23% of Americans Are Planning to Make This Smart Social Security Move
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23% of Americans Are Planning to Make This Smart Social Security Move

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23% of Americans Are Planning to Make This Smart Social Security Move

Social Security serves as a major income source for millions of retirees, and for those without much in the way of savings, it's a lifeline. If you're behind on retirement plan contributions, or are worried about covering your bills as a senior, then it's important that do everything in your power to make the most of your benefits.

Thankfully, one simple move could score you a higher monthly Social Security benefit for life. If you delay your benefits past full retirement age, you'll boost them by 8% a year, up until age 70. It's a move that 23% of Americans in their 50s and 60s plan to make, according to the May 2020 Simplywise Retirement Confidence Index, and it's one worth considering if you're looking to buy yourself some added financial security later in life.

IMAGE SOURCE: GETTY IMAGES.

Why delaying benefits pays off

Your Social Security benefits are calculated based on your 35 top-earning years in the workforce. But the age you file for benefits at will determine the amount you ultimately collect each month as a senior.

If you claim benefits at your full retirement age, you'll get the exact amount you're eligible for based on your earnings record. Here's what full retirement age looks like, based on the year you were born:

Year of Birth

Full Retirement Age

1943-1954

66

1955

66 and 2 months

1956

66 and 4 months

1957

66 and 6 months

1958

66 and 8 months

1959

66 and 10 months

1960 or later

67

DATA SOURCE: SOCIAL SECURITY ADMINISTRATION.

Now you're allowed to file for benefits before full retirement age, starting at age 62, but in doing so, you'll reduce them in the process. On the flipside, delaying benefits will give you an automatic raise -- one that will stay in effect for as long as you collect Social Security.

So should you delay benefits? If you're already far along in your career and you don't have much savings, then doing so makes a lot of sense. Though there's no single savings amount that guarantees you won't have money problems in retirement, as a rule of thumb, it's smart to close out your career with 10 times your ending salary in an IRA or 401(k), or wherever you're housing your savings. If you're 59 years old earning $80,000 annually and you only have $50,000 socked away for the future, you should probably plan on delaying Social Security.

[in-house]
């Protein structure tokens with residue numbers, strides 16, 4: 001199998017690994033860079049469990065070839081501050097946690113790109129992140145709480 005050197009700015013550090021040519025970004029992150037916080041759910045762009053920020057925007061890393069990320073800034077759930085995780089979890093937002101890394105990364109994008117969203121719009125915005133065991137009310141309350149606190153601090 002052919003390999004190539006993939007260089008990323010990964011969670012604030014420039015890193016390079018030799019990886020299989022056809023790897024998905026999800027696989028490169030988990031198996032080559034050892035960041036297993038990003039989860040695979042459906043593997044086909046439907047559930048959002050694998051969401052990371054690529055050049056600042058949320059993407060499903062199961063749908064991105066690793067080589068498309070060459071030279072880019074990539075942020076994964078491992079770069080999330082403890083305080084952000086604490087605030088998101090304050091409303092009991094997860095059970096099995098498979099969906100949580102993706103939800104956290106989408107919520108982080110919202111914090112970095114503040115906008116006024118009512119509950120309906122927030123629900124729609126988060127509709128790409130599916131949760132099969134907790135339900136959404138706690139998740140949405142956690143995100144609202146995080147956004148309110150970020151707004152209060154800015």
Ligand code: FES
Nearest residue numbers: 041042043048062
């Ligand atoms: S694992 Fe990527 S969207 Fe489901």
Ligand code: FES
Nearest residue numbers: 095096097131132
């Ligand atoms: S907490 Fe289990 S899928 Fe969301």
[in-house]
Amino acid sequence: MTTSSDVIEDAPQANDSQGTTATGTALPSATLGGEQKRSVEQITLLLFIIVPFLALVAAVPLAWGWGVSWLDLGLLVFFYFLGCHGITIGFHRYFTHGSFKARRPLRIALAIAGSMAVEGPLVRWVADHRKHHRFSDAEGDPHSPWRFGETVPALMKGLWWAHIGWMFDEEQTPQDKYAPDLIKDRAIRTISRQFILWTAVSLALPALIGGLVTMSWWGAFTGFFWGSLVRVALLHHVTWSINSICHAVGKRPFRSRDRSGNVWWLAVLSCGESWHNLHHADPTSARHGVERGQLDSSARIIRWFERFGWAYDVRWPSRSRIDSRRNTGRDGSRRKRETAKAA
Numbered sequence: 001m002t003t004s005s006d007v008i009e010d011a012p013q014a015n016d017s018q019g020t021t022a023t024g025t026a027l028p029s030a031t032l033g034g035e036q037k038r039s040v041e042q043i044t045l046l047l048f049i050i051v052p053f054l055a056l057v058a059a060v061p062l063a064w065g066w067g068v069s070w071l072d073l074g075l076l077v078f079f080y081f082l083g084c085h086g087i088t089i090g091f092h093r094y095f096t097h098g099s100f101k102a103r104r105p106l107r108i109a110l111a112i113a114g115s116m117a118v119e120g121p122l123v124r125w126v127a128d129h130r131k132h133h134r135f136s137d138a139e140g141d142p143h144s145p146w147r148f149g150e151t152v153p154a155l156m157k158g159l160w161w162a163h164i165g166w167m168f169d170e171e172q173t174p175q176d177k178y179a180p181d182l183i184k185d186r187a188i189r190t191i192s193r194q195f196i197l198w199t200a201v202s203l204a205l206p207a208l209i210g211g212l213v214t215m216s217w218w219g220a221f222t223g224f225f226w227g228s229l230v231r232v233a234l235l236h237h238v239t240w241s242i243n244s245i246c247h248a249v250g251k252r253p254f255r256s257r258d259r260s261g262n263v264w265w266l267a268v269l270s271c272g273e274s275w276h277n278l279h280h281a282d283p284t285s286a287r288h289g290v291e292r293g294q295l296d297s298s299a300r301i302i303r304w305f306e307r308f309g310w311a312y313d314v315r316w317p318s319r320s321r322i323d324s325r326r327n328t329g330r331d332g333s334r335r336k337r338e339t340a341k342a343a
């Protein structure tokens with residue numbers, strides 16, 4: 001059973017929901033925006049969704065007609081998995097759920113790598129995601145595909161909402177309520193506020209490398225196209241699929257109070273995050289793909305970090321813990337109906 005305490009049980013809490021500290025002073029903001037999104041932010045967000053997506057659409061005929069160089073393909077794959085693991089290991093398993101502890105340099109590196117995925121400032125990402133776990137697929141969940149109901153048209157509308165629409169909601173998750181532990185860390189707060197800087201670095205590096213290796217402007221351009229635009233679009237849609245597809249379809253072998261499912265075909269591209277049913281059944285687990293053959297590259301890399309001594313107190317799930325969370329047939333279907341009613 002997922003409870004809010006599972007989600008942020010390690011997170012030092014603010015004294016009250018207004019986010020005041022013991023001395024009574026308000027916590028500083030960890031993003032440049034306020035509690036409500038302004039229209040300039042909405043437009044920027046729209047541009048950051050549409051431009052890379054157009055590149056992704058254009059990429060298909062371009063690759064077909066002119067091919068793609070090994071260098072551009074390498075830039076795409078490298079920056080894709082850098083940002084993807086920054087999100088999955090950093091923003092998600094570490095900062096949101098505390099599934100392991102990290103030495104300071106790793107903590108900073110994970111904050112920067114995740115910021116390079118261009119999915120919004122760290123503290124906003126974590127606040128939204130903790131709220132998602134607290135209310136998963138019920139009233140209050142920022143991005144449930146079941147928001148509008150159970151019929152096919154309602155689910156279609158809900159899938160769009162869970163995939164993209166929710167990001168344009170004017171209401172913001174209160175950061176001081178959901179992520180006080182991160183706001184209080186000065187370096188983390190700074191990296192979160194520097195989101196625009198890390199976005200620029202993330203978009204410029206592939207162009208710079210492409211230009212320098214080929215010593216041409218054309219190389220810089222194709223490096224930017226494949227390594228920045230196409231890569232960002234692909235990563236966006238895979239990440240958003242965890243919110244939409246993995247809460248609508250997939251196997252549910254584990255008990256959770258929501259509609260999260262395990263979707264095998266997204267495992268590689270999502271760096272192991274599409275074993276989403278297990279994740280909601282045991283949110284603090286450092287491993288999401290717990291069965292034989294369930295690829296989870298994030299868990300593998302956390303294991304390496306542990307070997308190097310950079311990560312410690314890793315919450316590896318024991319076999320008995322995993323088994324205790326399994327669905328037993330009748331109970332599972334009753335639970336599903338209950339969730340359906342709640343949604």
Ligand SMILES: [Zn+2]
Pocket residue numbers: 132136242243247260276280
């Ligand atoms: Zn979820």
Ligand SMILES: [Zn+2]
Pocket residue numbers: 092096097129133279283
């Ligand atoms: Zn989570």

Furthermore, Americans are living longer these days, and while that's a good thing in theory, it poses a challenge from a savings perspective. Many seniors go into retirement thinking they'll be set if their savings last 20 years, only to live well into their 90s and deplete their nest eggs prematurely. By boosting your monthly Social Security benefit, you'll buy yourself what we'll call longevity protection -- even if you outlive your savings, Social Security will have to keep paying you that higher benefit for life.

Of course, there's one scenario where it doesn't pay to delay Social Security, and that's if your health is poor. But otherwise, think about the upside of postponing benefits past full retirement age and consider a later filing age than the one you may have initially planned on. You don't necessarily have to delay benefits all the way until 70, but putting them off even a year could make a huge difference in the grand scheme of your retirement.

The $16,728 Social Security bonus most retirees completely overlook

If you're like most Americans, you're a few years (or more) behind on your retirement savings. But a handful of little-known "Social Security secrets" could help ensure a boost in your retirement income. For example: one easy trick could pay you as much as $16,728 more... each year! Once you learn how to maximize your Social Security benefits, we think you could retire confidently with the peace of mind we're all after. Simply click here to discover how to learn more about these strategies.

The Motley Fool has a disclosure policy.

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